Top tips for successful conversations

The conversation, sense-making, process is a really important part of measurement. When we discuss results with colleagues, we paint a more accurate picture of the drivers of happy work experiences.

To respect people’s time and contributions, a different conversation lead can be nominated each time to guide the nature and outcomes of your conversation. This could be a team leader, a happiness champion, or anyone with a passion for people and culture, but it’s great to share the role around so everyone can fully participate in the process.

Here are our top tips to help your conversations flow:

Facilitate, don’t fix

The role of the conversation lead is to facilitate the process, not fix the problems. They should direct the group process, ask open questions, and make sure everyone gets to speak, but resist making decisions on behalf of the group, although they can sum up the actions.

Set some structure

To have carved out some business time to check in on how employees are doing is an amazing opportunity, so thinking about the structure of your conversation can help get the most out of what everyone is putting in. The Presentation view in Friday is designed to help the conversation lead with this team chat and following this can help conversations about your Friday results be even more beneficial.

Establish a positive mind-set

The conversation lead’s first task is to create a positive tone for the team conversation. We start the Presentation view with the conversation starter question, but you could start your conversation with a quick, ‘smile-producing’ activity. Just asking people about one good thing that happened to them recently can help shake off any anxiety or negative feelings they might bring into the room. Also encourage each other to pay attention to the good scores (as well as the bad). It’s important to understand what’s going well, but also positive emotions improve our capacity to process information and understand each others’ perspectives.

Agree a safe, supportive and challenging space for discussion

Use your group guidelines to establish the “rules of engagement” – ensuring that all team members feel free to share experiences, explore different perspectives and build on each other’s thinking. Keep the focus positive and ask open-ended (rather than ‘yes-no’ questions) such as “What do you notice about our happiness?” and “What’s the story behind these numbers?”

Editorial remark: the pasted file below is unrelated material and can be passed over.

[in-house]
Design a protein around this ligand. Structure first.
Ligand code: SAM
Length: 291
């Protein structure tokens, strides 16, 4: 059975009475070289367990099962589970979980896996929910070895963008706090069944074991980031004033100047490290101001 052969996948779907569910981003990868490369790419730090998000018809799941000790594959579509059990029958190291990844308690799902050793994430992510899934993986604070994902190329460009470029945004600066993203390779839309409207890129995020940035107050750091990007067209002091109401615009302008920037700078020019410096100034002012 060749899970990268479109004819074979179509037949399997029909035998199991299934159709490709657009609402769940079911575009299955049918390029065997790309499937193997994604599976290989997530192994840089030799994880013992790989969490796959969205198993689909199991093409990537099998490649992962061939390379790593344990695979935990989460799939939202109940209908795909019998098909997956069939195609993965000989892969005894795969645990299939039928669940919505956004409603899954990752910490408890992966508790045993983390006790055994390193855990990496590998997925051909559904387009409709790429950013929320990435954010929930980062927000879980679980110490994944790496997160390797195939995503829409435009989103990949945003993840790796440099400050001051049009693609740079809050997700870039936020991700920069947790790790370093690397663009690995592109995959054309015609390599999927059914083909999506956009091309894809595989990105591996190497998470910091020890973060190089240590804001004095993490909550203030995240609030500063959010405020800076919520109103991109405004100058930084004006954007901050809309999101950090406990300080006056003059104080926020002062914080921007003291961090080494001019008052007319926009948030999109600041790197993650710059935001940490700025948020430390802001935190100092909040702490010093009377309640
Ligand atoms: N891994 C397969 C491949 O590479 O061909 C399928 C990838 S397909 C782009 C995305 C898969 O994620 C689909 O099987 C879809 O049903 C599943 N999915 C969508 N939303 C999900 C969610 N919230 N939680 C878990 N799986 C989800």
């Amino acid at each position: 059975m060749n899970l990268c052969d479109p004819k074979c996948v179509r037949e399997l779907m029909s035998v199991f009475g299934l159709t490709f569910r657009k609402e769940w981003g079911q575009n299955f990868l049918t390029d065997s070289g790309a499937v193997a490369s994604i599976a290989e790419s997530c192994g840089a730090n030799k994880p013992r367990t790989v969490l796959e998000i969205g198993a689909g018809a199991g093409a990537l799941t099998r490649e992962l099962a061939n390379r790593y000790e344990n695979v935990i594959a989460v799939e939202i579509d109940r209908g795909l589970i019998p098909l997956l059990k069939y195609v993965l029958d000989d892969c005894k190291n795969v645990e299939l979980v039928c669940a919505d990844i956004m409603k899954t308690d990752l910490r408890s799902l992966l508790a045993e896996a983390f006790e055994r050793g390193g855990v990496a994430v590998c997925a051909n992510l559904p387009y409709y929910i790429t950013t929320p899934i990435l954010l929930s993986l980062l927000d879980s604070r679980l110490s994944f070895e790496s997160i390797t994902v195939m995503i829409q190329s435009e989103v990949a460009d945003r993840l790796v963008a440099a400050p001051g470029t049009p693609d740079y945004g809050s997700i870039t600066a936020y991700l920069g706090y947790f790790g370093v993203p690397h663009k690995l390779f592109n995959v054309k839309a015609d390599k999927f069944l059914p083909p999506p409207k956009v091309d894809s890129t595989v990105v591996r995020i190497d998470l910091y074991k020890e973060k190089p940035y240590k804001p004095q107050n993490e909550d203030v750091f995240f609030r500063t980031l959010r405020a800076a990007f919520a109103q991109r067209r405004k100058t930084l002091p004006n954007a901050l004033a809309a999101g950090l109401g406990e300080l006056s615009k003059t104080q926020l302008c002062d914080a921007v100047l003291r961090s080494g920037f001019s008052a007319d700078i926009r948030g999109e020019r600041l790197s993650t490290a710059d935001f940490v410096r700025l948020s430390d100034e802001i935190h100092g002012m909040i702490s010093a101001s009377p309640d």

Don’t be afraid to challenge assumptions

This is best done compassionately and without making any judgements of your own. Asking people to explain why they think something encourages them to share their thinking in progress, as well as fully-formed ideas.

Take inspiration from others

Think about what other teams and organizations have done. Research how they do it. You could even invite someone from another team who is scoring well in an area you want to improve in to join your conversation, so you can all find out more.

Create a visual record

Often people think in pictures, so you could make simple visual records of your discussions. You don’t need to be artists but you will need some materials - paper, pens and post-its can be a good start. This can improve people’s capacity to be creative, process information, and see connections. Besides, it’s fun!

Come to an agreement on your opportunities

Your discussions will probably create a list of things you want to work on. Try to come to a consensus on these to help everyone feel some ownership. If your conversation is taking place with a sub-set of your team or division, ask the wider group to like and comment on the suggestions you arrive at. You can use voting to involve your colleagues in the design of the team’s action plan too. Give everyone in the team the option to vote for the issues they feel more passionately should be addressed.

Commit to one goal

The aim of the conversation is for team members to feel excited about the prospect of taking action, based on your discussions and the flow of ideas. Commit to one “action for happiness at work”. Unless your team is going to get a sabbatical from its day job, you’ll need to pick one or two to focus on – you can always come back to the others later. This action can be personal pledges, a team challenge or a commitment to take the first steps in developing a new idea.

Build in time to reflect

Remember to include a bit of time to review progress on commitments in your next discussion or on a regular basis.